Thursday, July 22, 2010

Moby-Dick, or, The Whale (Arion Press facsimile edition)

Tuesday morning concluded what I believe was my first real vacation in about four years--I spent a little over a week on Nantucket Island in Massachusetts with my family. My parents have a house in Madaket (a small village on the Western tip of the island) and we've been visiting fairly regularly since I was young. As with any time off, I always try to make the best of my open schedule and get through a massive book that's been on my bookshelf for ages. No matter how many classics were reaching out to me, only one made sense for this trip: Melville's Moby-Dick.

I've had a beautiful paperback copy of Moby-Dick sitting around untouched for about five years. It's a facsimile of a rare edition by the Arion Press from the 1979, designed by Andrew Hoyem with illustrations by Barry Moser.

The trim size, illustrations, and typeface all create a book that is exquisitely balanced; the entire design of this book is so celebratory and passionate that it truly contributes to a more pleasurable read.

Those of you who don't know the actual bulk of Moby-Dick, I'd say about half the book is made up of a crash-course in whaling. Any action of the book is chopped up with short chapters on harpooning, roping, cutting-in, and so on. All at once, you get a classic of American literature and instructions on how to scoop out a whale head.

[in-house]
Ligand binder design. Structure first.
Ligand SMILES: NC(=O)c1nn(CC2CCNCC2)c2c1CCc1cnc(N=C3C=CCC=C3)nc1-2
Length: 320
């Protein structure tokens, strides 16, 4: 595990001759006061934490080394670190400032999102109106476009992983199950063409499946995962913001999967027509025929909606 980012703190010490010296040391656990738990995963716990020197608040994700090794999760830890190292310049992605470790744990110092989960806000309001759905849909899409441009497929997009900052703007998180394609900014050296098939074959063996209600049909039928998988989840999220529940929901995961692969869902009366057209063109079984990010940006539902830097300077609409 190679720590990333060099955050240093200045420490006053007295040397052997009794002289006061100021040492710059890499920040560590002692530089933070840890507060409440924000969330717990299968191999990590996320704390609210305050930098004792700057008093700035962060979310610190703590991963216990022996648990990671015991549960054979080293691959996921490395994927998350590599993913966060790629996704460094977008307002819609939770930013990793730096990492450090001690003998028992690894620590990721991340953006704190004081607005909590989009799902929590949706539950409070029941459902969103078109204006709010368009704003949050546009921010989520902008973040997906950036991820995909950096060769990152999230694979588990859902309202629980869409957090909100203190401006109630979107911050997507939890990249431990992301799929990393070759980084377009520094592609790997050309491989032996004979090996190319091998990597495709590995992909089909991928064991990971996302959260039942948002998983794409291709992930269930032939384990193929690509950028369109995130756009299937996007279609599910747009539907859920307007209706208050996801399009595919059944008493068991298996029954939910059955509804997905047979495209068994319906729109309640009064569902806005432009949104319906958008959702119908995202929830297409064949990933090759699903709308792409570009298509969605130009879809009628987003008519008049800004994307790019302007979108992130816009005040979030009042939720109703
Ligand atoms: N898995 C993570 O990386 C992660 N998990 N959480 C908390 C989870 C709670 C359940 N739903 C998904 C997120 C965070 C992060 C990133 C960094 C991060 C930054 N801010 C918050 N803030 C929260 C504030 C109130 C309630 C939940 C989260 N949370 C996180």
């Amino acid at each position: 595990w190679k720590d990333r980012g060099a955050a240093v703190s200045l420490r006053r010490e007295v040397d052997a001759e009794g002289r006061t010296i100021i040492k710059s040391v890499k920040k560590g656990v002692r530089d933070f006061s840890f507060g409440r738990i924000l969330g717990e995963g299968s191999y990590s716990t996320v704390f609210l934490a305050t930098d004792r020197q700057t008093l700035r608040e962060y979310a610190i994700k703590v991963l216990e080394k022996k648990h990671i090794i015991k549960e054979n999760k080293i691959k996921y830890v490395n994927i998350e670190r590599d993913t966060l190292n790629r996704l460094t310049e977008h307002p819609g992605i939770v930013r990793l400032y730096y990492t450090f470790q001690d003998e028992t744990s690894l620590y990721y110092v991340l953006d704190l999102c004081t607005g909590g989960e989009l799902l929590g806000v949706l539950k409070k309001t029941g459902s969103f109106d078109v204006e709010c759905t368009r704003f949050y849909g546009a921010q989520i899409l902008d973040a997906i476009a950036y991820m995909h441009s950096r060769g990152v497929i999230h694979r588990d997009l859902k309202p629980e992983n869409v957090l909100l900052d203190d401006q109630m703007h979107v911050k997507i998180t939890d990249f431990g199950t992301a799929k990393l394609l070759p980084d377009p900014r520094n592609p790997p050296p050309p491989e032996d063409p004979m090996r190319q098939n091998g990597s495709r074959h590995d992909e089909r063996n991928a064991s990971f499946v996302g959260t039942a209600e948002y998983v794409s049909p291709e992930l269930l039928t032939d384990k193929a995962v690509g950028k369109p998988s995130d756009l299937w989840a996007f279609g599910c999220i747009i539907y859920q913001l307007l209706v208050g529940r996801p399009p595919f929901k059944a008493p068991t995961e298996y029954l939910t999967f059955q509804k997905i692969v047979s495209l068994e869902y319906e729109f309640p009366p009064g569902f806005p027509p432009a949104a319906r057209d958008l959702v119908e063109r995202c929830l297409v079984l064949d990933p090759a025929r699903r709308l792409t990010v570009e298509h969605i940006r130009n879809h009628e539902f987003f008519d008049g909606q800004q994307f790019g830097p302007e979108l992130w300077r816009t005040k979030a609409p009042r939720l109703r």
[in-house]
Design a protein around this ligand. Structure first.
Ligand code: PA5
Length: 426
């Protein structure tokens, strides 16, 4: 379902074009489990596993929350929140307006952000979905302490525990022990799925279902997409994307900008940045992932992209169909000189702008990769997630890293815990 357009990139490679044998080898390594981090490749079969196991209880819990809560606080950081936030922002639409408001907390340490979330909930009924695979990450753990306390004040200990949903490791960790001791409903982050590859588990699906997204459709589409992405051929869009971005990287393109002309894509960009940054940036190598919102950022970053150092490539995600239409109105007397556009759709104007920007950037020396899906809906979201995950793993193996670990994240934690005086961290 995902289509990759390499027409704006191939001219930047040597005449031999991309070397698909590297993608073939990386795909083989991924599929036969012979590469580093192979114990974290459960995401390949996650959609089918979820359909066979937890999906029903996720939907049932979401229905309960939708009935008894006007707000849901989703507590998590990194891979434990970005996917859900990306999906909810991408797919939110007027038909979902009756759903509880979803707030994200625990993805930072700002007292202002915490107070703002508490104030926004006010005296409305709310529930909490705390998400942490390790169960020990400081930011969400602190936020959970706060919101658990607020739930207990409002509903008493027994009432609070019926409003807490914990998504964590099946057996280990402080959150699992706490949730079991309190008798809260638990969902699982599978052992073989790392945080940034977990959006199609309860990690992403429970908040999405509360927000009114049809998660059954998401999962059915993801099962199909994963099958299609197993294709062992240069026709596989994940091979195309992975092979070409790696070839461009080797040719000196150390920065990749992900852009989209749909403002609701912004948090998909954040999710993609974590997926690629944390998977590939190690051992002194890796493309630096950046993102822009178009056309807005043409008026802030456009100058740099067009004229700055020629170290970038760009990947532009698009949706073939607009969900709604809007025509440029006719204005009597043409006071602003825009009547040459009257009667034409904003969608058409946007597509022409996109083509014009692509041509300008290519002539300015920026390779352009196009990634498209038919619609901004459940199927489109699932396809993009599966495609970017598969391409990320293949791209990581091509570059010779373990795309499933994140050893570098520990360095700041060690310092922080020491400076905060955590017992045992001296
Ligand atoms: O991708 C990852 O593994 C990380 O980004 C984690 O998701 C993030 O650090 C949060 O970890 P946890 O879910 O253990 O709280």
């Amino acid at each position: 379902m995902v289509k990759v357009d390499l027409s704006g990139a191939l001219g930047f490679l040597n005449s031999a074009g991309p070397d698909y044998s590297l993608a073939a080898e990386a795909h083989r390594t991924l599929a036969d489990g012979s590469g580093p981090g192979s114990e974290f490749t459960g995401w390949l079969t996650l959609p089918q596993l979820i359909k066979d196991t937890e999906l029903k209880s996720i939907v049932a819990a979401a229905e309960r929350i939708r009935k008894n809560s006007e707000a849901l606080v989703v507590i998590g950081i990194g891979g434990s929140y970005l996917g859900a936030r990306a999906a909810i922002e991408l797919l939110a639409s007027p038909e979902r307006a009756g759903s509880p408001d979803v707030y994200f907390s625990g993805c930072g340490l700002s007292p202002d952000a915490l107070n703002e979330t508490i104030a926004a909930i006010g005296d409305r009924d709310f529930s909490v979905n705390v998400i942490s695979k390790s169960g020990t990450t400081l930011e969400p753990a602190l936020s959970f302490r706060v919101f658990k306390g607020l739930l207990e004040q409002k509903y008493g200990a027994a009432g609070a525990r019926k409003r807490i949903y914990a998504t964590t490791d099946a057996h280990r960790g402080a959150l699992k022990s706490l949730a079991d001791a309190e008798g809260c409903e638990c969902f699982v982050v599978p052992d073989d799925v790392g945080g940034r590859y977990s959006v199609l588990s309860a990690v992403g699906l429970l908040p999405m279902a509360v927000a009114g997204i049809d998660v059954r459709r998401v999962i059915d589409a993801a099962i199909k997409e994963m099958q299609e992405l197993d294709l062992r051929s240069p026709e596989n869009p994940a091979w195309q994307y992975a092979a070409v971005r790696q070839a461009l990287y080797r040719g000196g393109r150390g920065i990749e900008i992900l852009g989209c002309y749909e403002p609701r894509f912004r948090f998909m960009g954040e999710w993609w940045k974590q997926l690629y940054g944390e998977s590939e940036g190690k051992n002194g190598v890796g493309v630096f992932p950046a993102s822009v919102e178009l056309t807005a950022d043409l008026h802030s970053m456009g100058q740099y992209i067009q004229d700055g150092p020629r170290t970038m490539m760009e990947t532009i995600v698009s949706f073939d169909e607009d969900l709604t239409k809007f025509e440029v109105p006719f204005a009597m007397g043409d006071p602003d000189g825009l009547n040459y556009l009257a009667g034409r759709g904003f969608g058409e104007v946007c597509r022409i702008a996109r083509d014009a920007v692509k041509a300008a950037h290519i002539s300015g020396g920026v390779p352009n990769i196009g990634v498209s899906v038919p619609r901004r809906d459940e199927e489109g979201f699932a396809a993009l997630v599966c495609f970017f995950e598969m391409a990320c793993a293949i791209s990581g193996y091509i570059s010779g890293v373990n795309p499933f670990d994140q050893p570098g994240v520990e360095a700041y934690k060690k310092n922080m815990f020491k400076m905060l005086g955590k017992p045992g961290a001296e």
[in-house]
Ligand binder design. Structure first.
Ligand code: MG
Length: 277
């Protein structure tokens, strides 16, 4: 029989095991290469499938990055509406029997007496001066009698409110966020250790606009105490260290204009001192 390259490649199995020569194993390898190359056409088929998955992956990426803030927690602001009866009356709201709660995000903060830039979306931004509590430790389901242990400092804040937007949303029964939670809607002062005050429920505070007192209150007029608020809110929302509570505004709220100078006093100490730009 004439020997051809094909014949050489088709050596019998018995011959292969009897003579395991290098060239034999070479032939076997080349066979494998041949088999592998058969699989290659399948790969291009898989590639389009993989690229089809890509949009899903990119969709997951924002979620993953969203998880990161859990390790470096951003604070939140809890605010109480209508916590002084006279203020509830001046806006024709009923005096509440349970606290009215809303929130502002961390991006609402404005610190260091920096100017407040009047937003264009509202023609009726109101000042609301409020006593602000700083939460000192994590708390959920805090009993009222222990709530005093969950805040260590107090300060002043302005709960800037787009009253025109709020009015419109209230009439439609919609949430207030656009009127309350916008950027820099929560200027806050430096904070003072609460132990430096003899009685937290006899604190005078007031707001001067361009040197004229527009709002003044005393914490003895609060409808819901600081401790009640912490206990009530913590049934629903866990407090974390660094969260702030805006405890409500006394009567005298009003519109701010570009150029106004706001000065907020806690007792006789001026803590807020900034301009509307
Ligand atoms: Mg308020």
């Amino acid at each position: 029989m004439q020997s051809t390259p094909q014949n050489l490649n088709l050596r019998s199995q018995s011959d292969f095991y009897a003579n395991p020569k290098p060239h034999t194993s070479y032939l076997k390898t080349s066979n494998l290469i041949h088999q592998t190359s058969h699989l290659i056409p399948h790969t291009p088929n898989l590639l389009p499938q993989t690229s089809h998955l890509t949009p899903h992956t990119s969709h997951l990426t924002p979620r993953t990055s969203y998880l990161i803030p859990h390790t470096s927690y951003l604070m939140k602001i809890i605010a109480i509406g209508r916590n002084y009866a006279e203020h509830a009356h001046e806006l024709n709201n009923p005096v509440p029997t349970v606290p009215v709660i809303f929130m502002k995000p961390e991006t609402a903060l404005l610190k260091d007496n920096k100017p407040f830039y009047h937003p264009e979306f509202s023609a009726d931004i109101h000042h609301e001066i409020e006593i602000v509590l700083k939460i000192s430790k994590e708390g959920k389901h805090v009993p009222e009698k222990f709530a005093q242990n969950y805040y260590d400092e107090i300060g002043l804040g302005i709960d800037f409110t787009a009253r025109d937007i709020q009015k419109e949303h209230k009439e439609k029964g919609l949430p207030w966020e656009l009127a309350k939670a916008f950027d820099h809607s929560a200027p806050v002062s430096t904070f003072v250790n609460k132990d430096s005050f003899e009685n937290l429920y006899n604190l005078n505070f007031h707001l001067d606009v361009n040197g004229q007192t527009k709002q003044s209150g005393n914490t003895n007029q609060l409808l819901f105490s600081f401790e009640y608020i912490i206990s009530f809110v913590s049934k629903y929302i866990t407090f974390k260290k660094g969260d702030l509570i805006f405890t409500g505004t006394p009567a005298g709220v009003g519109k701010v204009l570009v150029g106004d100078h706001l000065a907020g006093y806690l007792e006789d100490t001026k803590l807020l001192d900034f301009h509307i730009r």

These whaling lessons are at times a little dry, and Barry Moser's incredible boxwood engravings break up these pages in an exceptionally well-calculated way. Seeing the beauty that Moser was able to extract from what are essentially quite boring chapters really strengthens your appreciation of these historical sidesteps. There's quite a bit of artistry in the history of whaling and the nature that surrounds it, and it's something I fear other editions of Moby-Dick would not be able to show.

I spent two summers on Nantucket with my girlfriend in college. She spent her time at the Nantucket Historical Association while I worked at what I still believe is one of the best bookstores on the planet, Mitchell's Book Corner. During those years, Mitchell's was run by an incredible woman named Mimi Beman. She caught me at the genesis of my book love and helped me grow into who I am today. The passion that is in me now and the desire I have to share books with people all stem from Mimi's store and what she taught me. At the end of my last summer there, Mimi gave me a this copy of Moby-Dick. She didn't expect me to read it right away (as she knew there was always a time for these things) but she thought I should have it. Mimi died last Spring. I'll miss her very much--she is responsible for so much of my love of books, and it's an honor to have shared such wonderful summers with her on Nantucket.

"Sing out for every spout, though he spout ten times a second!"


Currently reading:
Zoetrope: All-Story (edited by PJ Harvey)

Currently listening to:
Woodsman, "Collages"

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